Flux wrote:play your best options no matter what....period.
Dont worry about the other guys team, just field your best
I think it's too simplistic to say "never do this cancel-out strategy -- always play your best guy." The whole point is that it's often very difficult to tell who the best guy is. This strategy, I think, is a decent way to pick the best player to start.
Plindsey88 wrote:Depends on the situation...
For example, if you are deciding between two studs that are really close in your rankings, one who happens to be the #1 target of the oppositions QB, then I would start that guy....
But, never bench a stud just so you can start the #1 target of the opposing QB....
If you are deciding between Steve Smith and Torry Holt, and the opposing QB is Jake Delhomme, then I would start Smith....
HOWEVER, if you are deciding between Steve Smith and Reggie Wayne, and the opposing QB is Peyton Manning, I would still opt to start Smith, because he is the bigger stud.....
Exactly. I agree totally.
skibrett15 wrote:don't ever worry about the competition. I always start who I think will have the best weeks. Its not "safer" in any way to start that wr, it's just a wasted opportunity to outscore your opponent. If you are canceling out, you aren't getting ahead.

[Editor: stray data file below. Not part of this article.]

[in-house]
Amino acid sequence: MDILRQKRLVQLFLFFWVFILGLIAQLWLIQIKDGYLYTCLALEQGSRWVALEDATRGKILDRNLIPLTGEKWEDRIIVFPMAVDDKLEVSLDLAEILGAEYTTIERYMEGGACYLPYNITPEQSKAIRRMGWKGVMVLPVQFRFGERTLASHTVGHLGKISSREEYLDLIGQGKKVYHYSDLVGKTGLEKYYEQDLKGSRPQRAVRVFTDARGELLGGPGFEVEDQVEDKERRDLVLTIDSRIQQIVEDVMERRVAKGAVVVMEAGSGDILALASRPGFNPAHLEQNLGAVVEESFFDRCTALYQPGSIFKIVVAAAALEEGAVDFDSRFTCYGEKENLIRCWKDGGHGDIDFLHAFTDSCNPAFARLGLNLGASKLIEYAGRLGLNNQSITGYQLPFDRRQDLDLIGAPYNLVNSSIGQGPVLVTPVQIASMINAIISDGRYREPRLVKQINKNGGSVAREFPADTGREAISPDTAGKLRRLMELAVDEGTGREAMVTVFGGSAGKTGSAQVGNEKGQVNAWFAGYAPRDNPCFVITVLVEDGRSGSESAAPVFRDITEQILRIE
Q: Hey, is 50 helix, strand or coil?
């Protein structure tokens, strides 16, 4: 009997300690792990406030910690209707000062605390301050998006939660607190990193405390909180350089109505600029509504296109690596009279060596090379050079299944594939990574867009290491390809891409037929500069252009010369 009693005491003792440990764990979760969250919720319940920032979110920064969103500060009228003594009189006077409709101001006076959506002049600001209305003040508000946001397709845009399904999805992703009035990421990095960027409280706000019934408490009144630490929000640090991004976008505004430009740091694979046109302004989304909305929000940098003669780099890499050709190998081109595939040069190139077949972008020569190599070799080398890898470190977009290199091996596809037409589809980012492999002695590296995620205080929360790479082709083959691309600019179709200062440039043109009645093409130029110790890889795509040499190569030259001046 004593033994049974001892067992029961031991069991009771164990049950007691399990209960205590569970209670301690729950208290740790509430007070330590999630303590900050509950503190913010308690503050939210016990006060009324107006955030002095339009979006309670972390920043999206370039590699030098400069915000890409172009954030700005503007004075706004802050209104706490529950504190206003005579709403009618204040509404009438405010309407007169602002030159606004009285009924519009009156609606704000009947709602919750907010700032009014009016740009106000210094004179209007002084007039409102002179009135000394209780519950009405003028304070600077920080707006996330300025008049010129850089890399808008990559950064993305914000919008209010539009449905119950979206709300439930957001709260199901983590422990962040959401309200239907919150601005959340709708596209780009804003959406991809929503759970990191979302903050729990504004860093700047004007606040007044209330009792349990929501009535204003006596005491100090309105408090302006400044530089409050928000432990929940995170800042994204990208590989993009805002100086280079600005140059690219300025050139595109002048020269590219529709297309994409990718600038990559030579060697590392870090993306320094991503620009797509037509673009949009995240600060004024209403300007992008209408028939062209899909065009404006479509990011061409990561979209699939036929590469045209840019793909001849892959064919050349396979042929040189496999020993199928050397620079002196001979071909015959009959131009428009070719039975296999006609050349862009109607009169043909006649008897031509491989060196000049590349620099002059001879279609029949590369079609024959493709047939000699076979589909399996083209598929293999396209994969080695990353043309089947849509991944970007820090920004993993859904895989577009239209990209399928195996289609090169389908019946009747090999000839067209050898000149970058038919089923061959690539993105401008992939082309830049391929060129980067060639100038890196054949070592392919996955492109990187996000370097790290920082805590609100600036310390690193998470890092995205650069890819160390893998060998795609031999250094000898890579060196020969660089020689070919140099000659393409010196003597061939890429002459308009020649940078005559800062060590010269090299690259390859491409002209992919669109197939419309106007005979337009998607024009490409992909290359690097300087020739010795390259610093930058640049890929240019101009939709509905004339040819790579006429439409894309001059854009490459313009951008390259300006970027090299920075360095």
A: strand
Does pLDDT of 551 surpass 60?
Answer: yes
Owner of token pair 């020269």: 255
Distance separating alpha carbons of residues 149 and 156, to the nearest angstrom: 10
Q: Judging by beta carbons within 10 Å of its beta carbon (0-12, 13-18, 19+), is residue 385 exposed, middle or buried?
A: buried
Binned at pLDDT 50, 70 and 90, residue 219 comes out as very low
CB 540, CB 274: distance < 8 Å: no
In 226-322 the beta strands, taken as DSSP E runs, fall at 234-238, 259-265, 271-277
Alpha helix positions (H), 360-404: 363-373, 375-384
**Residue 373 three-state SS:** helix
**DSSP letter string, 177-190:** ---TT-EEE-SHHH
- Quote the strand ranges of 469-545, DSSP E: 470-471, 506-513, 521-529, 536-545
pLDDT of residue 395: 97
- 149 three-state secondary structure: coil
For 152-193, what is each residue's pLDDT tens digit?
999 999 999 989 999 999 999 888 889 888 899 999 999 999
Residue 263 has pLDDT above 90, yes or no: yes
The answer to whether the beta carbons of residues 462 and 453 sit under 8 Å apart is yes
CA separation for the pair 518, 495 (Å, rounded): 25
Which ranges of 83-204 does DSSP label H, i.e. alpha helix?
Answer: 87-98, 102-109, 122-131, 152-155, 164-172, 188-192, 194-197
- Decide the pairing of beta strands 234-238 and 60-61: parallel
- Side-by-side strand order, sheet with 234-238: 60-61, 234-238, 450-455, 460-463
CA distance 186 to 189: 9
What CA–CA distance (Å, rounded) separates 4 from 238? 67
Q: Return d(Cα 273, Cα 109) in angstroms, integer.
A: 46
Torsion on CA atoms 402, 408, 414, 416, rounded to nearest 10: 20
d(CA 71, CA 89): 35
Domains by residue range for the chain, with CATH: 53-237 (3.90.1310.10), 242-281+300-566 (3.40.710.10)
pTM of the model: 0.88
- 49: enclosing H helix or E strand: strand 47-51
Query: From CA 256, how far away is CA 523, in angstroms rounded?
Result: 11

Again, you assume we can always differentiate between two players based on merit alone. That's easy if you're picking between Chad Johnson and Wayne Chrbet.
But let's say we've got Torry Holt and Chad Johnson to chose between, and both play at home against weak pass defenses. And let's say your fantasy opponent is starting Bulger.
By starting Johnson, you benefit by the fact that he normally gives a solid fantasy performance. But you'd get that same benefit by starting Holt, who is also normally a strong fantasy start. Of course Johnson could blow up, for 200 yards and 4 TDs. But, again, so could Holt.
The difference is that if Holt does this, and you start Johnson, you're screwed because your opponent has Bulger and will get all those fantasy points.
In the end, if you're picking between two virtually equal players, your chances of picking the right one are about 50/50. But you can cover yourself against a huge day by your opponents QB by choosing his favorite target. It's coverage. It's piece of mind.
When two players' likely fantasy performance is so closely linked, as with Bulger/Holt or Moss/Collins, then by playing a cancel-out strategy, you're difffering the fantasy macthup to the remaining players in your (and your opposent's) lineup.
This isn't a sure-fire strategy for winning, it's merely a safe play.